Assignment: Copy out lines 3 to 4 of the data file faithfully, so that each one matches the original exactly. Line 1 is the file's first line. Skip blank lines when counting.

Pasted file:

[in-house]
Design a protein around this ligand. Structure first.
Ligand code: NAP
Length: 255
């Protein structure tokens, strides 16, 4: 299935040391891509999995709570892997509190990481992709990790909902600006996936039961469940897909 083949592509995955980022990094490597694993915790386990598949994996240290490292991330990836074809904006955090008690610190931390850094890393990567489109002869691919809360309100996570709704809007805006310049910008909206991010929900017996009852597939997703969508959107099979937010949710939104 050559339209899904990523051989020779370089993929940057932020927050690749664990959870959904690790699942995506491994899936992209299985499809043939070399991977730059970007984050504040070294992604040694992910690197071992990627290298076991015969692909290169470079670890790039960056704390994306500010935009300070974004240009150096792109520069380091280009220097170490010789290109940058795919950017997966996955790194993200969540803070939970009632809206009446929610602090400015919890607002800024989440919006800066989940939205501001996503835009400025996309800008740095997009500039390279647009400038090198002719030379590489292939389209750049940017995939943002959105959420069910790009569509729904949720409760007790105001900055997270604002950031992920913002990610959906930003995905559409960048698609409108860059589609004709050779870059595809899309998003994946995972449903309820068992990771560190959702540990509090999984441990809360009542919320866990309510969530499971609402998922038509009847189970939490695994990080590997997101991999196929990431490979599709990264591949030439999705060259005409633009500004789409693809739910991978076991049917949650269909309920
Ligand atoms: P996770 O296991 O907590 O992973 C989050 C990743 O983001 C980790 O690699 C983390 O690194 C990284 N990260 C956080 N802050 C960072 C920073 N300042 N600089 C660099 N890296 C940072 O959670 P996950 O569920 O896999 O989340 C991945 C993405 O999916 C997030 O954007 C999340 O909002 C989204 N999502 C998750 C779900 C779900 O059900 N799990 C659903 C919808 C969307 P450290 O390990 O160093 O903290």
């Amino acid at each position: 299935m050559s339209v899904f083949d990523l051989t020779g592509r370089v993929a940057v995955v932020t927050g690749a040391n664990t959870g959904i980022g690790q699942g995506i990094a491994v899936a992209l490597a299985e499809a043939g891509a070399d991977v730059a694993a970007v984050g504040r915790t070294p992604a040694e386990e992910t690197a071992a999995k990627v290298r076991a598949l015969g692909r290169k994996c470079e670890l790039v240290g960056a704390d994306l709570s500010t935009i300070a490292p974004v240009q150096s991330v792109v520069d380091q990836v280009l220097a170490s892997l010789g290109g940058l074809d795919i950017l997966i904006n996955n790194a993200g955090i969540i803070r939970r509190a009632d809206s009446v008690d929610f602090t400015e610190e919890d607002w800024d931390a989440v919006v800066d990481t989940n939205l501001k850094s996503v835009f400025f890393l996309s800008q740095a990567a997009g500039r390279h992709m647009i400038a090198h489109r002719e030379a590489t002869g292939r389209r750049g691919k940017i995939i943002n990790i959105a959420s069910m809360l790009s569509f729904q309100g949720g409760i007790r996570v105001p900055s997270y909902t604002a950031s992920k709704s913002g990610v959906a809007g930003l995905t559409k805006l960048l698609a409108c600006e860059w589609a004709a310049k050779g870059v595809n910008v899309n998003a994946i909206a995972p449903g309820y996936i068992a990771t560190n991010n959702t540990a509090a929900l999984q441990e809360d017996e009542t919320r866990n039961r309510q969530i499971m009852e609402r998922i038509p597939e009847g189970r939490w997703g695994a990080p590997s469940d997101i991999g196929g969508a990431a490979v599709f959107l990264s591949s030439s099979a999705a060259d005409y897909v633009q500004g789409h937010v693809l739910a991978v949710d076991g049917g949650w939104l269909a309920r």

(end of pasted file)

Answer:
Ligand code: NAP
Length: 255